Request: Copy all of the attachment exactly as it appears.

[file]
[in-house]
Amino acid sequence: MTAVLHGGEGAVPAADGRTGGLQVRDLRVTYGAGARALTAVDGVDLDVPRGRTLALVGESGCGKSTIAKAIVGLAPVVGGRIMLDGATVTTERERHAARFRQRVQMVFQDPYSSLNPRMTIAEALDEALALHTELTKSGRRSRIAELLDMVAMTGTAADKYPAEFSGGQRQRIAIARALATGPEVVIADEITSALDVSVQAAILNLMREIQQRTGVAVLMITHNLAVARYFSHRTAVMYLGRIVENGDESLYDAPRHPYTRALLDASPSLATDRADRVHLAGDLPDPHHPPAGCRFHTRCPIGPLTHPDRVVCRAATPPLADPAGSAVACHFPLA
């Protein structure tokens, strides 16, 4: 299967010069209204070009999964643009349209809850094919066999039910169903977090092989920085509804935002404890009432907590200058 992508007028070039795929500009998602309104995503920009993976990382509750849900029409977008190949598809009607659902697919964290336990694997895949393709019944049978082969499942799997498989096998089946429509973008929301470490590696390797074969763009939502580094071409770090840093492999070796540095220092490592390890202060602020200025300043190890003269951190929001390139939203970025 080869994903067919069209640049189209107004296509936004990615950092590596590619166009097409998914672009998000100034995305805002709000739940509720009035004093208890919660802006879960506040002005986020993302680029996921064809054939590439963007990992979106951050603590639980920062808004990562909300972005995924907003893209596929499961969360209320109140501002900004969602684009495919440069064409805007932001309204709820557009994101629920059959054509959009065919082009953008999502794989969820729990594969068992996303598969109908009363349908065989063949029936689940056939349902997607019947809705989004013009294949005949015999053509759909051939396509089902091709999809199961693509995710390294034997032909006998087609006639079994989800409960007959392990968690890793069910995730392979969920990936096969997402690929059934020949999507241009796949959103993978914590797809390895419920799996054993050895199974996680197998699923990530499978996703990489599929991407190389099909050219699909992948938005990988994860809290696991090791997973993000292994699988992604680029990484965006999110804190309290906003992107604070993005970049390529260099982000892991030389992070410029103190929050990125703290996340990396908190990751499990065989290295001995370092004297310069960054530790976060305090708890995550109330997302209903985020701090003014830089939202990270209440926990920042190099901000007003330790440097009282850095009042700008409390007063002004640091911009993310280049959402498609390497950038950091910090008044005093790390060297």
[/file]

[in-house]
Amino acid sequence: MTAVLHGGEGAVPAADGRTGGLQVRDLRVTYGAGARALTAVDGVDLDVPRGRTLALVGESGCGKSTIAKAIVGLAPVVGGRIMLDGATVTTERERHAARFRQRVQMVFQDPYSSLNPRMTIAEALDEALALHTELTKSGRRSRIAELLDMVAMTGTAADKYPAEFSGGQRQRIAIARALATGPEVVIADEITSALDVSVQAAILNLMREIQQRTGVAVLMITHNLAVARYFSHRTAVMYLGRIVENGDESLYDAPRHPYTRALLDASPSLATDRADRVHLAGDLPDPHHPPAGCRFHTRCPIGPLTHPDRVVCRAATPPLADPAGSAVACHFPLA
């Protein structure tokens, strides 16, 4: 299967010069209204070009999964643009349209809850094919066999039910169903977090092989920085509804935002404890009432907590200058 992508007028070039795929500009998602309104995503920009993976990382509750849900029409977008190949598809009607659902697919964290336990694997895949393709019944049978082969499942799997498989096998089946429509973008929301470490590696390797074969763009939502580094071409770090840093492999070796540095220092490592390890202060602020200025300043190890003269951190929001390139939203970025 080869994903067919069209640049189209107004296509936004990615950092590596590619166009097409998914672009998000100034995305805002709000739940509720009035004093208890919660802006879960506040002005986020993302680029996921064809054939590439963007990992979106951050603590639980920062808004990562909300972005995924907003893209596929499961969360209320109140501002900004969602684009495919440069064409805007932001309204709820557009994101629920059959054509959009065919082009953008999502794989969820729990594969068992996303598969109908009363349908065989063949029936689940056939349902997607019947809705989004013009294949005949015999053509759909051939396509089902091709999809199961693509995710390294034997032909006998087609006639079994989800409960007959392990968690890793069910995730392979969920990936096969997402690929059934020949999507241009796949959103993978914590797809390895419920799996054993050895199974996680197998699923990530499978996703990489599929991407190389099909050219699909992948938005990988994860809290696991090791997973993000292994699988992604680029990484965006999110804190309290906003992107604070993005970049390529260099982000892991030389992070410029103190929050990125703290996340990396908190990751499990065989290295001995370092004297310069960054530790976060305090708890995550109330997302209903985020701090003014830089939202990270209440926990920042190099901000007003330790440097009282850095009042700008409390007063002004640091911009993310280049959402498609390497950038950091910090008044005093790390060297």